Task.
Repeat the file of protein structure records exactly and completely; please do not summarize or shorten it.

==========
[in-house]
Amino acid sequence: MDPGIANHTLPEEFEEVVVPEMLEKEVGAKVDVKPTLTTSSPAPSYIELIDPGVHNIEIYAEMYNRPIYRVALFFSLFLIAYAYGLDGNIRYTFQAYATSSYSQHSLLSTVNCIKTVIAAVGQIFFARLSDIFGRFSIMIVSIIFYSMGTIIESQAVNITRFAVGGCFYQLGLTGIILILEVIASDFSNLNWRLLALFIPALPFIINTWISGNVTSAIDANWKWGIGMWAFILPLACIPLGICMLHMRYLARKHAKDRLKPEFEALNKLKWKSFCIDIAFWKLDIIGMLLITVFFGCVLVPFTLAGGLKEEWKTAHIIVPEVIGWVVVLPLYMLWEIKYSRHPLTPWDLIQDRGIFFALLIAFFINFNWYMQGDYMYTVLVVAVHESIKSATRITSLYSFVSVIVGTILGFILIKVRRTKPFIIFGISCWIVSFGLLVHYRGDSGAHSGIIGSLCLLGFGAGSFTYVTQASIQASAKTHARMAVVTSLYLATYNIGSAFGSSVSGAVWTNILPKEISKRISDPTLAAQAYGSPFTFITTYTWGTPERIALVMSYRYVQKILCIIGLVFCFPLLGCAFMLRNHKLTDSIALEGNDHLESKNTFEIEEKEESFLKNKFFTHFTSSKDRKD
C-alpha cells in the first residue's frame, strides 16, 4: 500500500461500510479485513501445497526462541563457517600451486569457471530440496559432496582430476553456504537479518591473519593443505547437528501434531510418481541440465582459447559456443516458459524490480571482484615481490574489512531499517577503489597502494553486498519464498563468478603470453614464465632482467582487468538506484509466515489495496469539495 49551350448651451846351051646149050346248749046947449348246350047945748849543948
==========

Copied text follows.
[in-house]
Amino acid sequence: MDPGIANHTLPEEFEEVVVPEMLEKEVGAKVDVKPTLTTSSPAPSYIELIDPGVHNIEIYAEMYNRPIYRVALFFSLFLIAYAYGLDGNIRYTFQAYATSSYSQHSLLSTVNCIKTVIAAVGQIFFARLSDIFGRFSIMIVSIIFYSMGTIIESQAVNITRFAVGGCFYQLGLTGIILILEVIASDFSNLNWRLLALFIPALPFIINTWISGNVTSAIDANWKWGIGMWAFILPLACIPLGICMLHMRYLARKHAKDRLKPEFEALNKLKWKSFCIDIAFWKLDIIGMLLITVFFGCVLVPFTLAGGLKEEWKTAHIIVPEVIGWVVVLPLYMLWEIKYSRHPLTPWDLIQDRGIFFALLIAFFINFNWYMQGDYMYTVLVVAVHESIKSATRITSLYSFVSVIVGTILGFILIKVRRTKPFIIFGISCWIVSFGLLVHYRGDSGAHSGIIGSLCLLGFGAGSFTYVTQASIQASAKTHARMAVVTSLYLATYNIGSAFGSSVSGAVWTNILPKEISKRISDPTLAAQAYGSPFTFITTYTWGTPERIALVMSYRYVQKILCIIGLVFCFPLLGCAFMLRNHKLTDSIALEGNDHLESKNTFEIEEKEESFLKNKFFTHFTSSKDRKD
C-alpha cells in the first residue's frame, strides 16, 4: 500500500461500510479485513501445497526462541563457517600451486569457471530440496559432496582430476553456504537479518591473519593443505547437528501434531510418481541440465582459447559456443516458459524490480571482484615481490574489512531499517577503489597502494553486498519464498563468478603470453614464465632482467582487468538506484509466515489495496469539495 49551350448651451846351051646149050346248749046947449348246350047945748849543948